RVG Interviews: Dave Berry.

This RVG Exclusive Interview is a Celebrity Special as we talk to Dave Berry about his retro gaming memories and his love of gaming in general.  For our readers from around the world, who may not be familiar with his background, Dave is a famous TV and Radio presenter in the United Kingdom.  He began his radio career on Capital Radio in 2007 where he presented the Saturday afternoon show.  Today you can tune to his “Dave Berry Breakfast Show” on Absolute Radio, weekdays from 6 to 10 PM.

What prompted me to want to interview Dave was my curiosity as to whether celebrities are hooked on gaming (retro gaming in particular) as much as we are.  I spend much of my spare time creating retro gaming-related content for RVG and the question came to my mind about celebrities and their interest in retro gaming.  This interview is the result of that curious question and it is the first of a series of Celebrity Interviews that you will be seeing here on RVG.  Read on and enjoy!

The Interview

RVG

Hi Dave, firstly thank you for agreeing to chat with us, can you tell you and your love of gaming?

Dave

The pleasure is all mine.

I get a lovely warming glow of nostalgia from retro video games. It’s strange actually because I often find a little video or screen grab of a game I remember from my youth has a much more transportive effect that even music or movies.

Nowadays, I mainly play FIFA on the PlayStation 4, but not online just on my own. Monday to Friday I host a live breakfast radio show as well as other projects, all of which I love due to their creative nature and the volume of ideas myself and the team come up with. Whatever somebody does for a living or the other challenges day to day life can present it’s sometimes nice to just sit and think of nothing but the game.

For me it’s putting the little ball in the back of the other teams net more times than they can mine, it is good for my mental well being to switch off in that way.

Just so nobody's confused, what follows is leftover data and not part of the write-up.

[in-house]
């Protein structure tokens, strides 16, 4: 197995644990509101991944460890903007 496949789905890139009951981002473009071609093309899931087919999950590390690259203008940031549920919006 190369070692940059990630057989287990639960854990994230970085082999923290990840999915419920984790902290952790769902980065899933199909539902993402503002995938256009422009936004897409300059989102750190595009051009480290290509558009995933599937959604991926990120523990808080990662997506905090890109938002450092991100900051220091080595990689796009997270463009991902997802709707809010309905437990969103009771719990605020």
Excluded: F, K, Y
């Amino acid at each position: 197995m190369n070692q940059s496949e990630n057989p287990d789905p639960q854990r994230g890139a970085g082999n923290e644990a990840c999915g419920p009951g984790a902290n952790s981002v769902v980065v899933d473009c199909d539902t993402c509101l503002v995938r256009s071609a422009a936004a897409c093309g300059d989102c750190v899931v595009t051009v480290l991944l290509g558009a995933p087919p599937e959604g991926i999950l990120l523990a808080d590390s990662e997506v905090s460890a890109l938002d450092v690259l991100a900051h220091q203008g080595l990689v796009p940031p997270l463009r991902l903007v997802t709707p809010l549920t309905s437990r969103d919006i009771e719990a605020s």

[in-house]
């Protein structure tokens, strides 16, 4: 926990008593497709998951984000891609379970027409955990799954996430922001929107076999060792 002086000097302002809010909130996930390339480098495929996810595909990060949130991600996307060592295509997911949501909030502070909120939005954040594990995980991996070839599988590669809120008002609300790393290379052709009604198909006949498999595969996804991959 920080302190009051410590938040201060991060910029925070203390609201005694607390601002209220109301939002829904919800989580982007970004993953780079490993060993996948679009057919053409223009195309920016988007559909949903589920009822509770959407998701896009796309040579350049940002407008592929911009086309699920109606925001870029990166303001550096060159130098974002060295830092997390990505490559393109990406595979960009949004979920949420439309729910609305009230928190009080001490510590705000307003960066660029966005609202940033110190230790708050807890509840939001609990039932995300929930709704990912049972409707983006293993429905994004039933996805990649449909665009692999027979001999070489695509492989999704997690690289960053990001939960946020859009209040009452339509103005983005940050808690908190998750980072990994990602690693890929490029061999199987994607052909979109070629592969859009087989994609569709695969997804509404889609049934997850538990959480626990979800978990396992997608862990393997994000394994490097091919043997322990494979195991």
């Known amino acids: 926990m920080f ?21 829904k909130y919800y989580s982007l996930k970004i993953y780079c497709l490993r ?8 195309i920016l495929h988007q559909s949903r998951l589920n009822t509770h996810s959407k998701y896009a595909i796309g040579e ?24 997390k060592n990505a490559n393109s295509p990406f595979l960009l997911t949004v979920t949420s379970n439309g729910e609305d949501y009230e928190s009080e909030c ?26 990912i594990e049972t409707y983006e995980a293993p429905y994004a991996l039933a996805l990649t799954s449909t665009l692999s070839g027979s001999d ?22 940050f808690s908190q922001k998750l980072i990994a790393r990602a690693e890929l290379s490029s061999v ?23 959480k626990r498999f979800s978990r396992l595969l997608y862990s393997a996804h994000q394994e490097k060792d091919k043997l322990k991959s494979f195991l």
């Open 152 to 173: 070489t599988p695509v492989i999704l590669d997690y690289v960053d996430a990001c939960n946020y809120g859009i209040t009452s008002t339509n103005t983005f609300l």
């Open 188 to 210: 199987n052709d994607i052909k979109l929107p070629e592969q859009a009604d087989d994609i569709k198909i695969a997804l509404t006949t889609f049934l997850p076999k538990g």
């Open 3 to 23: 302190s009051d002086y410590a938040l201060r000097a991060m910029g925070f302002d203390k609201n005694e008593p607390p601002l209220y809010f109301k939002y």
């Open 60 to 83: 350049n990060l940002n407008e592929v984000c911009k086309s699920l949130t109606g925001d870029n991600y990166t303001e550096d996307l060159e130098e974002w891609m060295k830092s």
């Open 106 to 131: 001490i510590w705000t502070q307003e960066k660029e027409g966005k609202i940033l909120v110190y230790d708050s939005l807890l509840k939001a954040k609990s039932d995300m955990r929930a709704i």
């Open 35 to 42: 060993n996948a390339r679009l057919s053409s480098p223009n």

RVG

Can you tell us a bit about your gaming memories?

Dave

When I was very little I can recall my Dad trying to explain to me that he’d bought a video games machine and my young mind presumed he meant the ones I’d seen when we’d been in pubs on holiday and thinking to myself how amazing one would look in our front room…It transpires he was referring to an Atari 2600 bundle he had snapped up from a guy at work, I was probably the only kid in the World who was disheartened when an Atari came home in the 1980’s!

But true to form with both ‘PAC-MAN’ and ‘Space Invaders’ on offer I was soon over-joyed. I also remember Dad played it a lot more than me or my little sister ever did!

As fun as the 2600 was the pull of an arcade machine remained strong, most of my misspent secondary school lunch breaks were taken in ‘Johns Kebabs’ in Charlton, South-East London watching bigger kids duke it out on ‘Street Fighter 2’. I did get play one hallowed day and even made it through to a second opponent in front of all my school chums.  Chun li defeated me, she gets me every time.

RVG

Do you still own any older systems these days?

Dave